:10:44.:10:48.

crush a growing Islamist insurgency. Was the attack on the western gas

:10:48.:10:52.

workers, that now appears to have ended in such tragedy, a direct

:10:52.:10:57.

retaliation for that. This attack, has been planned for many, many

:10:57.:11:00.

months before the French intervention or international

:11:00.:11:04.

intervention in Mali. But just, I think, when it happened last week,

:11:05.:11:11.

maybe it gave the terrorist group a legitimate, from the ideolgical

:11:11.:11:15.

point of view, legitimate reasons to carry out the attack. Because

:11:15.:11:21.

the group itself, or the nature of the leader of the group, by is

:11:21.:11:26.

Mokhtar Belmokhtar, if we study his history over the last ten years, he

:11:26.:11:32.

usually asks for ransomes, he has never been -- randsons, he has

:11:32.:11:38.

never been involved in killing or capturing hostages. Whatever his

:11:38.:11:41.

reasons, we know that Mokhtar Belmokhtar and those like him are a

:11:41.:11:47.

real threat of the west. Until recently he was head of Al-Qaeda in

:11:47.:11:50.

the Islamic Maghreg, one of the Islamist groups who have been

:11:50.:11:53.

building up their strength throughout this poorly defended

:11:53.:11:57.

region of porous borders. It was in Algeria in the 1990s, that those

:11:57.:12:00.

groups first launched a major insurge circumstance eventually

:12:00.:12:05.

defeated by the Government, at a cost of 150,000 lives, perhaps. In

:12:05.:12:09.

Libya, since the fall of Colonel Gaddafi, some of the Islamists he

:12:09.:12:14.

once defeated have now returned. And some, like others from Algeria,

:12:14.:12:17.

have crossed The Sahara into northern Mali, taking advantage of

:12:17.:12:23.

the collapse of state authority, in the wake of a rebellion by ethnic

:12:23.:12:27.

Tuareg seperatists. Some of those Islamists are believed to have

:12:27.:12:30.

training from Al-Shabab, the militant Islamist group that has

:12:31.:12:34.

controlled much of Somalia in recent years. They have been joined

:12:34.:12:38.

by fighters from Nigeria, from the Islamist group, Boko Haram,

:12:38.:12:44.

fighting the Government there. Shabab in Somalia, they trained

:12:44.:12:48.

explosive makers and experts for Boko Haram, and Boko Haram

:12:48.:12:54.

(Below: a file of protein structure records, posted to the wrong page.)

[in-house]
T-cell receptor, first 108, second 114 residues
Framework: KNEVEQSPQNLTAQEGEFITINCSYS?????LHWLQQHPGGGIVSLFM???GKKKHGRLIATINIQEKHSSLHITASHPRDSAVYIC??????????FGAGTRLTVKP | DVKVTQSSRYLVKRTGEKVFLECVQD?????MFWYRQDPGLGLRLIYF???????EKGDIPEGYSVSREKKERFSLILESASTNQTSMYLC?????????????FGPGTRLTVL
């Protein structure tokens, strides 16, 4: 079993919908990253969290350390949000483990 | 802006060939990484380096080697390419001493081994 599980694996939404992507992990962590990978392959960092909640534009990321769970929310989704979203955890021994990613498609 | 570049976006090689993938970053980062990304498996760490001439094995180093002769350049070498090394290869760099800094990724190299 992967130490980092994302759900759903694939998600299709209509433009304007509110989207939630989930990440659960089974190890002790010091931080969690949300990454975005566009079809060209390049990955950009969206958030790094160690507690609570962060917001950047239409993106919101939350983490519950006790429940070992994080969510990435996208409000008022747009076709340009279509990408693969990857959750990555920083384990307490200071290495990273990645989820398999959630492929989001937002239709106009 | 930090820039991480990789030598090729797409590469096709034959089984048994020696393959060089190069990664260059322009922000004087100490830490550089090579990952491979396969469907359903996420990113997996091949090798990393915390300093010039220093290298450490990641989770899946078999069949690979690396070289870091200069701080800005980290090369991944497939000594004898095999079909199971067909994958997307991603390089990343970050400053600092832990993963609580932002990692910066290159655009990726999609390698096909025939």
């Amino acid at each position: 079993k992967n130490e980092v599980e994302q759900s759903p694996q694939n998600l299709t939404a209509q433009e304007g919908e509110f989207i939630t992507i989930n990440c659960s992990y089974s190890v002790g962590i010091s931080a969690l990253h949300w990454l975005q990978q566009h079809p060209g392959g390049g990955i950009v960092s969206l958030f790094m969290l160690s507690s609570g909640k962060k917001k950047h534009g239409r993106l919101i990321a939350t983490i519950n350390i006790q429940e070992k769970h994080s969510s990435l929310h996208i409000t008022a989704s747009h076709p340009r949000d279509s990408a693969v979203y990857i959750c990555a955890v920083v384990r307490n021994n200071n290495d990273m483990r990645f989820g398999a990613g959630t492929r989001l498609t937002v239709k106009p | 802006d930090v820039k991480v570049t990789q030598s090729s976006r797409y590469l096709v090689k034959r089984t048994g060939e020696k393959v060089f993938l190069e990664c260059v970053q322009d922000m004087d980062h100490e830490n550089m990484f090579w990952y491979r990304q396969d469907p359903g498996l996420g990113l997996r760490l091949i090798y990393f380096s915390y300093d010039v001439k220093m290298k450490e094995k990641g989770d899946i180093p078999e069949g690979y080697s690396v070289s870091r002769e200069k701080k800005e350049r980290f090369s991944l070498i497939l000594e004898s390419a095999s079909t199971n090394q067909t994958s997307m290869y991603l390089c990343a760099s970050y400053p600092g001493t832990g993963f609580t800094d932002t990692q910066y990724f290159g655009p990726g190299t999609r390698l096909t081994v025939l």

themselves, they have a significant number of many of their fighters in

:12:54.:12:57.

northern Mali, to establish networks and connection and co-

:12:57.:13:01.

operation between the other groups in northern Mali. And why? Because

:13:01.:13:05.

they share the same ideology and the same goals. This ideology and

:13:05.:13:09.

goals is very important, this is the culture that is keeping the

:13:09.:13:14.

network together. It acts as the Super Glue to hold all this loose

:13:14.:13:18.

network together. To counter that threat, Nigerian

:13:18.:13:23.

troops are now following the French into Mali, to join an operation

:13:23.:13:27.

that President Hollande today said had been proved to be justified.

:13:27.:13:30.

TRANSLATION: What's happening in Algeria absolutely justifies a

:13:30.:13:34.

decision I took on behalf of France to come to the help of Mali, in

:13:34.:13:39.

accordance with the United Nations charter, and at the request of the

:13:39.:13:42.

President of Mali. Today's terrible events in Algeria, though, suggest

:13:42.:13:46.

that in the short-term at least, the north African Islamist threat

:13:46.:13:50.

can only increase. There is a surge of militantcy at the moment, it is

:13:50.:13:55.

linked to what's happening in Afghanistan, and in Somalia, and

:13:55.:14:01.

they are trying to create the same sort of pushback against the west,

:14:01.:14:05.

and non-Islamic people. I think it will be very dangerous for non-

:14:05.:14:09.

Islamic people, for Europeans, to travel in these countries for the

:14:09.:14:15.

next few years. I think they really do have got their selves now, and I

:14:15.:14:17.

don't think the Governments -- themselves now, and I don't think

:14:17.:14:21.

the Governments have the capacity to contain them. Today's tragedy

:14:21.:14:23.

will change our whole view of the region.

:14:23.:14:28.

With me to discuss the latest in the hostage situation are the

:14:28.:14:33.

former Lib Dem leader and member of the Intelligence and Security

:14:33.:14:37.

Committee, Ming the Merciless Campbell. And from Washington the

:14:37.:14:41.

former US Assistant Secretary of State for public affairs, now a

:14:41.:14:45.

fellow at the George Washington Institute for Public diplomacy.

:14:45.:14:51.

Ming the Merciless Campbell, it must be a draet -- Ming Campbell,

:14:51.:14:55.

it must be terrible for the families that no information is

:14:55.:15:00.

known. Today in the Scottish Parliament, Alex Salmond indicated

:15:00.:15:03.

that two of the hostages are Scottish, is there any information

:15:03.:15:08.

on that? There doesn't appear to be any more information on that at the

:15:08.:15:11.

moment. I understand Alex Salmond was speaking after a conversation

:15:11.:15:16.

with the Prime Minister, the Prime Minister after a meeting of COBR A,

:15:16.:15:20.

that is the committee immediately formed when crises of this kind

:15:20.:15:25.

occur. It seems to me that one of the first questions will be, did

:15:25.:15:29.

the Algerian Government act out of necessity, or was it out of some

:15:29.:15:35.

kind of view of national pride? The answer to that question may be very

:15:35.:15:40.

important in so far as if there is a breakdown in relations between

:15:40.:15:43.

the Governments of those who have been killed, and the Algerian

:15:43.:15:47.

Government, that may make finding out exactly what happened more

:15:48.:15:51.

difficult. Especially as we know the Algerian Government say no to

:15:51.:15:55.

negotiation, we just heard on the report that there was quite a lot

:15:55.:16:00.

of traffic between Number Ten and the Foreign Office, and Algeria,